James Harden is dribbling up to the left wing as the Houston Rockets are down three with 48 seconds left. Kevin Durant calls off Andre Iguodala. He wants to guard his former teammate in one of the most intense moments of this season.
Durant, one of the longest wing defenders this league has ever seen, picks up Harden about 35 feet from the rim. His arms are already raised to prevent even the longest 3s Harden might consider.
But it's not Durant's arms that Harden is focused on -- it's his Nikes. As the pair arrives at the 3-point line, Harden invites his old friend to dance. Harden crouches into his coil and begins to break down Durant. It won't take long. He's about to tie the game with the definitive move of the season.
Harden uses a left-handed dribble to edge toward the 3-point line. With exactly 46.0 seconds remaining, the ball has bounced back up into Harden's hand. He's done dribbling, but his unhurried demeanor still gives no hint that a split-second later he's going to bury the game-tying 3 in KD's face.
By the time the clock reads 45.7, Harden has already destroyed Durant's defensive stance and laid the groundwork for the shot that will tie the game.
Harden lurches his left foot forward and suddenly jerks his body as if he's going to penetrate. But his back foot hasn't even moved.
His stance is widening, and instead of dribbling the ball, at the last moment he gathers it up and propels himself backward while simultaneously morphing into jump-shooting mode.
It might be a travel, but it happens so fast and there are so many moving parts that it's virtually impossible to detect with the naked eye. Durant is off-balance and can't recover in time.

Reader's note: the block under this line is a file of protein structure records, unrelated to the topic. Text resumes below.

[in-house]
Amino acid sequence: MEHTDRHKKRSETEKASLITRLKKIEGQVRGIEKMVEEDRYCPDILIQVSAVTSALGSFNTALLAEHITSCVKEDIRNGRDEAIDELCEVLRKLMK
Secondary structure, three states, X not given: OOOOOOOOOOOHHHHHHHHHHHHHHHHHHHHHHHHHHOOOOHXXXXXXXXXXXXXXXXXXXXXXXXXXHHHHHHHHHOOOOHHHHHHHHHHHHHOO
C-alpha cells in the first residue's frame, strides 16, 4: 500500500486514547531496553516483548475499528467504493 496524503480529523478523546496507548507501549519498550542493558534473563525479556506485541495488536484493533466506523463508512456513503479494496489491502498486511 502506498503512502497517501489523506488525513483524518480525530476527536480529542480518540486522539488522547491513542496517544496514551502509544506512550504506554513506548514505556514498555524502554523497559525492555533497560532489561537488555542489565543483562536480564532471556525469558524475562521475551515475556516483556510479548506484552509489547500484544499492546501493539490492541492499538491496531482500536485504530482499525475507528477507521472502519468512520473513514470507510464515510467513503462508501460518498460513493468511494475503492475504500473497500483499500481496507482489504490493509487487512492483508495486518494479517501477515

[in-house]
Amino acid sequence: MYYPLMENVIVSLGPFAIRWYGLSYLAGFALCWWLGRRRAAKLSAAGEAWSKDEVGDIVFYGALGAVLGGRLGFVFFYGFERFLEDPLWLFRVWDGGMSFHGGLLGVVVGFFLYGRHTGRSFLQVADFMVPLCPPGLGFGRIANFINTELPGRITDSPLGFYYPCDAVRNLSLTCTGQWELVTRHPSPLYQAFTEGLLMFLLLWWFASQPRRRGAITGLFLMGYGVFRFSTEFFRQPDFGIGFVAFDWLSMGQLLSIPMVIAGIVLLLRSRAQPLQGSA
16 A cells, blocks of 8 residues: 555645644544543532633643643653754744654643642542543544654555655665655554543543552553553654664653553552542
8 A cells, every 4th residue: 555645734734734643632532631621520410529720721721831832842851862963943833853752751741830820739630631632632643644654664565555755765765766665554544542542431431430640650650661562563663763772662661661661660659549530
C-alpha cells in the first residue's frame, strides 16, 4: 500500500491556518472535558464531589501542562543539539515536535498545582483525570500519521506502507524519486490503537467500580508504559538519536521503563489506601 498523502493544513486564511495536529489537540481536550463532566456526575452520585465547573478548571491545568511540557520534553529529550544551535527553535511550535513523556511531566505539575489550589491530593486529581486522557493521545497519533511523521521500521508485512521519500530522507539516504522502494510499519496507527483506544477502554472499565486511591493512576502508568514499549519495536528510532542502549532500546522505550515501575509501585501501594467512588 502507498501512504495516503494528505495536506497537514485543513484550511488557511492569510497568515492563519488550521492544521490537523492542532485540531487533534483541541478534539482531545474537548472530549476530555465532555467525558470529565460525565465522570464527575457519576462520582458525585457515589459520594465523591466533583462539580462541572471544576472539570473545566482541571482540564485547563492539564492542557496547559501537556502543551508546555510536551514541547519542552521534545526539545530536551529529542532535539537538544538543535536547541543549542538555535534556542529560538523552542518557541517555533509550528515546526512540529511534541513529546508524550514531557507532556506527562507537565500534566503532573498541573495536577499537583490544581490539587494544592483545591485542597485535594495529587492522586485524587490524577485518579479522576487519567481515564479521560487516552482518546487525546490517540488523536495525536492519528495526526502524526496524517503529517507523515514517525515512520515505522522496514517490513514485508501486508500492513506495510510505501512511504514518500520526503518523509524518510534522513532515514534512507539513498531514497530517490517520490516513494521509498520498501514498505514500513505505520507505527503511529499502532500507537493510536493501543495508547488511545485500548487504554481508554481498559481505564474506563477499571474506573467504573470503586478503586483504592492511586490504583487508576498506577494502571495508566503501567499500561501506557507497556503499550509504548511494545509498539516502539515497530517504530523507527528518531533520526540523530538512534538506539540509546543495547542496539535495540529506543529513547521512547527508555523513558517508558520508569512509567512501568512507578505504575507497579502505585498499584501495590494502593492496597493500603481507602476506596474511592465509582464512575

On average, the Harden step-back creates about 6 feet of shooting space, per Second Spectrum data. By the time Harden brings the ball through his shot pocket, the defender attempting to close the gap is always too late.
Check out that last still shot. It looks like a teammate set up Harden for a standard catch-and-shoot 3. But this space was created by the shooter himself, and that's what makes it so damn dangerous: Harden can create clean 3-point looks at will.
Depending on what you consider to be the beginning of the act, Harden's step-back jumper takes about one second. In that second, he breaks his defender's balance, creates the shooting space, brings the ball through his shot pocket and releases it. It's the most dangerous second in the NBA, and although defenders know it's coming, they don't know exactly when. At T minus 1, they're still clueless that liftoff is already happening.
Despite the fact that Durant's wingspan is enormous, despite the fact that he was Harden's teammate for years in OKC, despite the fact that the stakes were so high, and despite the fact that we all knew what Harden wanted to do -- it didn't matter. He did it anyway. He tied this Jan. 3 game with the step-back 3. The Rockets ended up winning in overtime.
As Harden proved that night in Oakland, the step-back 3 is our Most Valuable Player's most valuable play.
No assists needed
Here's a stat: At 29 years old, Harden is the NBA's all-time leader in unassisted 3s. This says just as much about his bewildering greatness as it does about the sudden and rapid rise of unassisted 3-point shooting around the NBA. He's ahead of LeBron James by more than 100 makes.
At 29, James Harden is already the all-time leader in unassisted 3s in NBA history. pic.twitter.com/TugdcLdzaZ— Kirk Goldsberry (@kirkgoldsberry) February 27, 2019